The Rule of the Clan and the Problem of Peremptory Authority

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2 Responses

  1. Hi Steve, thanks for your extremely interesting post, and for seeing implications in my book beyond those of its immediate topic. I couldn’t be happier about that. And I’m grateful for the spirit of your analysis, which seems to me to bring a sociological and historical sensibility to a philosophical challenge. My reading of political philosophy is negligible—I would say that I hold even less expertise in the area than I do in field of Irish etymology (see my recent reply to Tim Murphy), and that’s really saying something—and so my impulse is to let those who know more do the talking. Let me just raise a question, then.

    As I understand it, in your view the fact that some actions that a person may undertake require the coordinating decisions of another person cuts against the traditional way of thinking about the problem of political authority, because the traditional way is based on the moral imperative of autonomous choice. You then suggest that my portrait of the rule of the clan shows not only what kind of order exists in the absence of the state, but also the default form of coordinating moral judgment that exists in the absence of the state’s coordination (and you underscore that to undertake a good deal of action in life, persons must necessarily fall under the authority of some coordinating agent).

    As coordinating agents, however, clan and state necessarily differ in the application and scope of their commitment to equality principles, given the powerful in-group/out-group distinctions in clan societies, making the exercise of coordinating authority by either one or the other morally significant. And to the extent that the relation between the rule of the clan and the liberal rule of law is not one of binary opposition but rather a dialectical one, and one of eternal tension, this dissolves the traditional way of understanding the problem of political authority, because it makes “[t]he pervasive existence of the clan … a background condition for all moral judgment.” People are always “caught somewhere between clan and state,” and thus the problem of the state’s authority should be understood differently.

    Is that a fair description? And if so, how should the problem of political authority be posed? I’m eager for your insights.

  2. Stephen Utz says:

    Hi Mark, yours is a more-than-fair description of my suggestion about the traditional political authority problem. You’ve also gently nudged me to be clearer about how the state-clan tension “dissolves” the traditional problem. I think your account of that tension should convince anyone (even any philosopher) that the background against which states assert their authority is not a world of individuals who never have to defer to group norms but a world in which they may have to do so. If that is so, we must understand moral responsibility differently. Trivially, it cannot require moral agents never to defer to group norms. It follows that the alternatives are anarchism (rejection of all norms not generated by the individual) and statism, but a range of alternatives that include at least states and clans of varying degrees of instrusiveness on the moral agent’s choices. Locke argued that the only choices are a state of limited authority (no intrusion on private “property”, by which he apparently meant something like U.S. constitutional law’s sphere of “privacy”) and anarchism. Some contemporary philosophical theorists of political authority — A. John Simmons, Heidi Hurd — proceed as if political authority must be plenary and universal in scope, because they can’t see how political authority can be limited. I’ve argued that if there is anything resembling political authority in the real world, i.e., any asserted authority that is in fact justified, it must be limited in scope to those areas of conduct in which individuals need a group decision maker for some activity they otherwise freely choose to pursue. Your nuanced account of clans and the liberal state argues convincingly that the state is different in fundamental ways from the clan. I’m just beginning to take this in. If you’re right, it seems to me that I should revise my earlier view of how group activities require peremptory authority to be exercised in a limited sphere. I’d already begun to suspect this. When a liberal state asserts authority, it acknowledges that it must not exercise that authority arbitrarily or treat individuals or situations differently, when accompanying differences do not justify different treatment. Clans by definition do not aspire to and could not abide by that principle. I think the traditional political authority problem should be re-interpreted in that light. The question should be whether the individual is ever (or always) justified in retreating from deference to a liberal state’s authority to that of a clan, understood as a norm-generating group that cannot bind itself to something like due process.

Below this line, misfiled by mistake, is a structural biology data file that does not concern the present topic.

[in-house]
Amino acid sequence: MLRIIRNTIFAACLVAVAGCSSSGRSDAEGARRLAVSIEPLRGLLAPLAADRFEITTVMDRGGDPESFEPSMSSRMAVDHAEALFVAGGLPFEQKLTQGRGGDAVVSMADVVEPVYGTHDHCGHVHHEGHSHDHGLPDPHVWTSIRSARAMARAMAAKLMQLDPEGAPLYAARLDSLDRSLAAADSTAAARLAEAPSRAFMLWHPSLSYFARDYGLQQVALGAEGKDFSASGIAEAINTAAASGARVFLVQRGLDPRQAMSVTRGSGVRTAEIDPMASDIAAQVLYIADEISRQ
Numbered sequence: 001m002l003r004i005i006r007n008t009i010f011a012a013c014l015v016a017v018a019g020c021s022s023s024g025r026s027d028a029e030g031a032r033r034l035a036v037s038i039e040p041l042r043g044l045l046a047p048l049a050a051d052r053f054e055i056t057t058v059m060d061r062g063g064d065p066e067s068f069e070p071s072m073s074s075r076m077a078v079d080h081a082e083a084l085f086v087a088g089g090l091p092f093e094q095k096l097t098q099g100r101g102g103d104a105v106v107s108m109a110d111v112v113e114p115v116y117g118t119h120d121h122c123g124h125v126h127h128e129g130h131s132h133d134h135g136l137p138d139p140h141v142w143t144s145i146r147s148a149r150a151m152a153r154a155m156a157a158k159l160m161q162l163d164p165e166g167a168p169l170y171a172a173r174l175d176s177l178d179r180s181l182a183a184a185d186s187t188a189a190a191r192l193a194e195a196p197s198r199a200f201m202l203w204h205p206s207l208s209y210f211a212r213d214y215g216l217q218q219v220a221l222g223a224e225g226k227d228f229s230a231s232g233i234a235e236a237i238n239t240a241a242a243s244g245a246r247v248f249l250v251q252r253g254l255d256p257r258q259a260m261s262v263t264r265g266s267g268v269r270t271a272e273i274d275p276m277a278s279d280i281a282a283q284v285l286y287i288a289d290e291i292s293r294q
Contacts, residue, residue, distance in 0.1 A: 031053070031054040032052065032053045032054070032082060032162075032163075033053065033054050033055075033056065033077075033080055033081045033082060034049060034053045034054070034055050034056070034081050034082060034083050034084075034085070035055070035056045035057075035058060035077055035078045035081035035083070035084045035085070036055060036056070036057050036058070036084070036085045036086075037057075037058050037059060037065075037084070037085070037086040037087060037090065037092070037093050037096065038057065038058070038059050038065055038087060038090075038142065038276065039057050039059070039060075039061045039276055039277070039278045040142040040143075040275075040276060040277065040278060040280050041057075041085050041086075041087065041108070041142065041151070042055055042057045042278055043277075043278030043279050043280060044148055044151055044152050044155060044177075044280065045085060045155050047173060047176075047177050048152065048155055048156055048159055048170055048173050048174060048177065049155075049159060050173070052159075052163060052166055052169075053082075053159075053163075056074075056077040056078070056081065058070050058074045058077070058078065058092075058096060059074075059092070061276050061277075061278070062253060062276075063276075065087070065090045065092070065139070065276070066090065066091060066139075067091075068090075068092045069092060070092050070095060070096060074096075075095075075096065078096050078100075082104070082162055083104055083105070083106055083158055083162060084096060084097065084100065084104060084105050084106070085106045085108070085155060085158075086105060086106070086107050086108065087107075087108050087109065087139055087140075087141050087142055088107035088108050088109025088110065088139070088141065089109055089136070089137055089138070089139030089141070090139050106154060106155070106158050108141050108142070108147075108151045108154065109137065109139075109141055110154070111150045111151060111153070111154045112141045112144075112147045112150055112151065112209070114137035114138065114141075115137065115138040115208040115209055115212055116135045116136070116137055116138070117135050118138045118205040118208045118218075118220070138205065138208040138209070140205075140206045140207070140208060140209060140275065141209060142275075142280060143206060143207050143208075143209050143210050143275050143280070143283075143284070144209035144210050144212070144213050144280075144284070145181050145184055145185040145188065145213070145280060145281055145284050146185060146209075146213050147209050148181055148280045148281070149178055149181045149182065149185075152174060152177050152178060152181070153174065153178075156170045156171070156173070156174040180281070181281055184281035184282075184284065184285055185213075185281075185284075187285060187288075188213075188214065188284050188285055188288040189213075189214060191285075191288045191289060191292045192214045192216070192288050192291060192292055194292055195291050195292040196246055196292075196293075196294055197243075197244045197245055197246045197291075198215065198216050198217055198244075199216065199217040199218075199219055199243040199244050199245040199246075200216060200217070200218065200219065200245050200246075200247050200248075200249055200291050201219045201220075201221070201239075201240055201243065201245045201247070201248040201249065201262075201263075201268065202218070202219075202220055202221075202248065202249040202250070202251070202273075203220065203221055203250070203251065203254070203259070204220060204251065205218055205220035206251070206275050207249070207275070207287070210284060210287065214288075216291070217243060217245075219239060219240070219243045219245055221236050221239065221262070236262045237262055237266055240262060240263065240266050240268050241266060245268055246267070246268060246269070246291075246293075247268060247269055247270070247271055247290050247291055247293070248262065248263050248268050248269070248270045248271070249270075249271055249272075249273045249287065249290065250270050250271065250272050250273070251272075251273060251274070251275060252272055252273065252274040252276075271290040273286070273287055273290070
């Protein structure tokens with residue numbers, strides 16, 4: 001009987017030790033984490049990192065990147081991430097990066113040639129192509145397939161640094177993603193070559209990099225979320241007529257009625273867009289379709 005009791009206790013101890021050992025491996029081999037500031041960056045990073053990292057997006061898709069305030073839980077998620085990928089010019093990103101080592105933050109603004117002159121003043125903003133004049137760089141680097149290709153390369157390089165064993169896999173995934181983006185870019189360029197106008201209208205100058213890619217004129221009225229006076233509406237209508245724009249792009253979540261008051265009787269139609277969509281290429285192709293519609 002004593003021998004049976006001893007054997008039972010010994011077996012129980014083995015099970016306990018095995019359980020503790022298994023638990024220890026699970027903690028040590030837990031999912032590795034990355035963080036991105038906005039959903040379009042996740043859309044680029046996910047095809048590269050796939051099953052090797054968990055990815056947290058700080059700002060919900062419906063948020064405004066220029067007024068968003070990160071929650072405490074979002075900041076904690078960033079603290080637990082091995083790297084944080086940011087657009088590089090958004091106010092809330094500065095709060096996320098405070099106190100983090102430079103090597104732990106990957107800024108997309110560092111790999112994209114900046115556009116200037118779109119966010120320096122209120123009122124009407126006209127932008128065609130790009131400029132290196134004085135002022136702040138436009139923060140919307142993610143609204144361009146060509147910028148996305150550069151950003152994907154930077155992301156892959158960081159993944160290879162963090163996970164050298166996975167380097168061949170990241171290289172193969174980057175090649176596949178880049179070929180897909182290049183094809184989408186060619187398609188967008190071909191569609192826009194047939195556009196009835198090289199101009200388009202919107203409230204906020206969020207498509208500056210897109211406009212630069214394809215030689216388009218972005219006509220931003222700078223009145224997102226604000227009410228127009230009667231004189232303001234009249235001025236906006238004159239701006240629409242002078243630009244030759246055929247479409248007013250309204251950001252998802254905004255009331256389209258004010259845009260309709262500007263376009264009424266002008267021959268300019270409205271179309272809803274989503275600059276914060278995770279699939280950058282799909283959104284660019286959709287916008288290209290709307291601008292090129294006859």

Obviously, I’m struggling here to put this together. Really, Mark, your book has made me re-think all this.